Do You Know What a Nantucket Sleigh Ride Is?

nantucket sleigh ride

The reason I haven’t written to you in the past seven months is that I’ve been on a bit of a Nantucket sleigh ride.

Even though I’m a history buff and a native New Englander, I’d never even heard that term until a great therapist I had the good luck to work with introduced me to it. It refers to those periods of time in your life when you’re getting taken on a wild ride and all you can do is hold on until it slows down. It’s rightly got negative connotations, but the one I’ve been on has definitely been positive, even if it’s knocked me around and blown my hair back a bit.

I’ll tell you what it means before I tell you what in the heck I’m talking about.

In the 1800s Nantucket was a capitol of the whaling industry. All these big boats would head out to sea, loaded with men armed with spears and de-blubbering knives charged with turning whales into whale oil, which is what we burned for light back in those days. But you don’t kill a whale from a nice big boat. You get into a small wooden dinghy and row right up next to the whale and plunge a spear that’s tied to the dinghy with a long rope into its back. After you spear the whale, it takes off swimming as fast as it can to try and get away from you (and who can blame it?), and all you can do is hold on to the sides of the dinghy for dear life until the whale finally dies and you come to a stop.

And that high-speed, death-gripped, exhilarating ride across the ocean is called a Nantucket sleigh ride. (As soon as the therapist explained what it was, I thought, “Why yes, I’ve been on a few of those in my lifetime.” Haven’t we all?)

My whale ride started at New Year’s, when I chose the phrase “speak up” as my mantra for the year. Holy shnieckies, have those two little words taken my year in some interesting directions.

My year of speaking up kicked into high gear in late January (around the last time I wrote to you), when I waited for hours at the Rhode Island State House to give testimony in support of the Reproductive Health Care Act—a bill that would codify Roe V. Wade into state law, protecting a woman’s rights to make her own health care decisions despite what happens at the federal level. It’s something I care about a lot, for myself, my daughter, her friends, and every woman of childbearing age.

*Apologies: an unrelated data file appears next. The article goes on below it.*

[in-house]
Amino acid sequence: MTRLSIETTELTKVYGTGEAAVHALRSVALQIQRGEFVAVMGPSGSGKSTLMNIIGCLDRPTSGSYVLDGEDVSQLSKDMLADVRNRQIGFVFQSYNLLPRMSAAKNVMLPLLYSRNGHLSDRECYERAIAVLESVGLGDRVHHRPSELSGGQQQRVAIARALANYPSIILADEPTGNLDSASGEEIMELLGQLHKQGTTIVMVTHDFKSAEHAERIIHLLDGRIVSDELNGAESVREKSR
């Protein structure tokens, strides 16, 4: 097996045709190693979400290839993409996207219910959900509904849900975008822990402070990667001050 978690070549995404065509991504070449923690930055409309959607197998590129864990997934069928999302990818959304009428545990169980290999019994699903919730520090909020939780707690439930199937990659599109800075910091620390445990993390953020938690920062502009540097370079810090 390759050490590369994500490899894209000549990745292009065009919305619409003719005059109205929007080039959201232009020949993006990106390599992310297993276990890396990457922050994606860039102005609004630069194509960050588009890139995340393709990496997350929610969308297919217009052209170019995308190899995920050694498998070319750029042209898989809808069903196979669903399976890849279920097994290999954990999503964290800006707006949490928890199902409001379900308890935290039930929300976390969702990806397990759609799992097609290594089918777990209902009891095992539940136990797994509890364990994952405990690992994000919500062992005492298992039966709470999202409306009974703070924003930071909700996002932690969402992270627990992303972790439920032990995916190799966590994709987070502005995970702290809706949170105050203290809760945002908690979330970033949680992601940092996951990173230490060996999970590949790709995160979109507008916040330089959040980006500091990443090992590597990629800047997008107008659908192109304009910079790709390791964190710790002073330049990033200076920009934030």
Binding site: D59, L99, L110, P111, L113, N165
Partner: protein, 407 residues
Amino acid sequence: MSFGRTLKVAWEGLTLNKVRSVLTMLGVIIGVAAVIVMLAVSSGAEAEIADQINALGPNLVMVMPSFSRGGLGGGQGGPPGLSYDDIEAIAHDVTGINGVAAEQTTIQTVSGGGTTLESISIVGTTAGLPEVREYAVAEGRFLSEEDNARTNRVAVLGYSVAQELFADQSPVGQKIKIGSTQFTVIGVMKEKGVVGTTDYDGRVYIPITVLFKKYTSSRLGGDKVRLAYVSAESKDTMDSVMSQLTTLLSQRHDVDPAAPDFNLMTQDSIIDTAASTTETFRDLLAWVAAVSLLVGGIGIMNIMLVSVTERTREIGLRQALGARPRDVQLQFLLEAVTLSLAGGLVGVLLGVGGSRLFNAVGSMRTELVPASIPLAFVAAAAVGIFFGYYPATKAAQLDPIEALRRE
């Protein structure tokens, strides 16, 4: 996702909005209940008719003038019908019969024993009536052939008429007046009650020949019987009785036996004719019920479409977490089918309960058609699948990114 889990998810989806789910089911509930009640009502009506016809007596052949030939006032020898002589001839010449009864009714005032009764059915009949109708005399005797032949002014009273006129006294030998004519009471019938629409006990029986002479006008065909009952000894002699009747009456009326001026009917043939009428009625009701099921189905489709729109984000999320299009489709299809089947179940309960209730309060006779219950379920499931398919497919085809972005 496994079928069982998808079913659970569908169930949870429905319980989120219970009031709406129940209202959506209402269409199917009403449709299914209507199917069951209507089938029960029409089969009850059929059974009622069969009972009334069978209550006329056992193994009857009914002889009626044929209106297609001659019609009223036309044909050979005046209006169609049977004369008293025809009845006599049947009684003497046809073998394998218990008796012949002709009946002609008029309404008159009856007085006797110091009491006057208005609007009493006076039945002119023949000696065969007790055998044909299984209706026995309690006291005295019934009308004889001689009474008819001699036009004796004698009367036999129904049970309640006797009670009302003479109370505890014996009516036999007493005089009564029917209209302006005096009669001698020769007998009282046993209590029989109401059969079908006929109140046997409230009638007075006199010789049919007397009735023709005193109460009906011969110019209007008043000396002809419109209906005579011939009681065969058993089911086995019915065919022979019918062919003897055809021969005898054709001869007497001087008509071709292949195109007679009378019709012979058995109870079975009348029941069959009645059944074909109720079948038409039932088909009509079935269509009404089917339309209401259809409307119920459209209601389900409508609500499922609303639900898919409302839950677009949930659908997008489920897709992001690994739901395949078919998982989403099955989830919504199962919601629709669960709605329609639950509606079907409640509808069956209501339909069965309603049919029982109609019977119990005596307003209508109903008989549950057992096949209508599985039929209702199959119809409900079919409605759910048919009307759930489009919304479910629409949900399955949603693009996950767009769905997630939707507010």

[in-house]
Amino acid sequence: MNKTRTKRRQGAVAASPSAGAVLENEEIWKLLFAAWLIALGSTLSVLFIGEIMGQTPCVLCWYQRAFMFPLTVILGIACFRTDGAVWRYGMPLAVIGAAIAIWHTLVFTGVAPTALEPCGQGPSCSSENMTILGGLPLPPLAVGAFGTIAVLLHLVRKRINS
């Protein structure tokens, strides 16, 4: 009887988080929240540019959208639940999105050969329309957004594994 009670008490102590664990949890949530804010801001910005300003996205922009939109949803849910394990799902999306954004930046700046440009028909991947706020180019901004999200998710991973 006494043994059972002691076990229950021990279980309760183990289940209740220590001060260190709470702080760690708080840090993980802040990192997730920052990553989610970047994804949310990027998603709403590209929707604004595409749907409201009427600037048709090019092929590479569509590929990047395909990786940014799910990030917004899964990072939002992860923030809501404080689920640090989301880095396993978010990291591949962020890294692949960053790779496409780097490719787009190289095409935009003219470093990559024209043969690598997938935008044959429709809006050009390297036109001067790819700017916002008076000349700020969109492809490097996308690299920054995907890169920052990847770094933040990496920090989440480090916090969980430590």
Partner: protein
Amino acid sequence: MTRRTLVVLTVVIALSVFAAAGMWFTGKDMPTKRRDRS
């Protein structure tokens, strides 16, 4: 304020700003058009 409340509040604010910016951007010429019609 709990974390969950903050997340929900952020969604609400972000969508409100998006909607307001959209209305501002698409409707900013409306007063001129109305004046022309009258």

By the time it was my turn to give my testimony, it was 1 a.m. The members of the judiciary committee looked as tired as I felt, but they lent me their attention and I felt seen and heard. I’d never been one to speak openly about my political beliefs on any issue before. It basically popped the cork off the bottle of my inner activist.

After that night, I chanted, held signs, made phone calls, sent tweets, wrote postcards, talked to friends, and did a public reading from The Handmaid’s Tale (while dressed as a handmaid, no less) to help raise awareness about and create a sense of urgency for the passage of the bill. I’m incredibly grateful and thrilled to say the Reproductive Health Care Act was signed in to law in late June.

Along the way I made too many new friends to count (I call them my activist family), learned so much more about how government works than I did in any civics class, deepened relationships with existing friends, got to know many of my local legislators, and introduced my daughter to advocacy.

I did a lot of other stuff related to speaking up, too:

Not bad for two little words.

It’s all good. All exciting. And a little tiring. Which is why, after the busy-ness of the legislative session and the school year died down, I gave myself a little time to rest and digest.

Now that mantra is leading me down a new path that I’m excited to tell you about next week.

I hope 2019 has been good to you thus far, and that any Nantucket sleigh rides you may have been on are taking you somewhere you’re excited to be.


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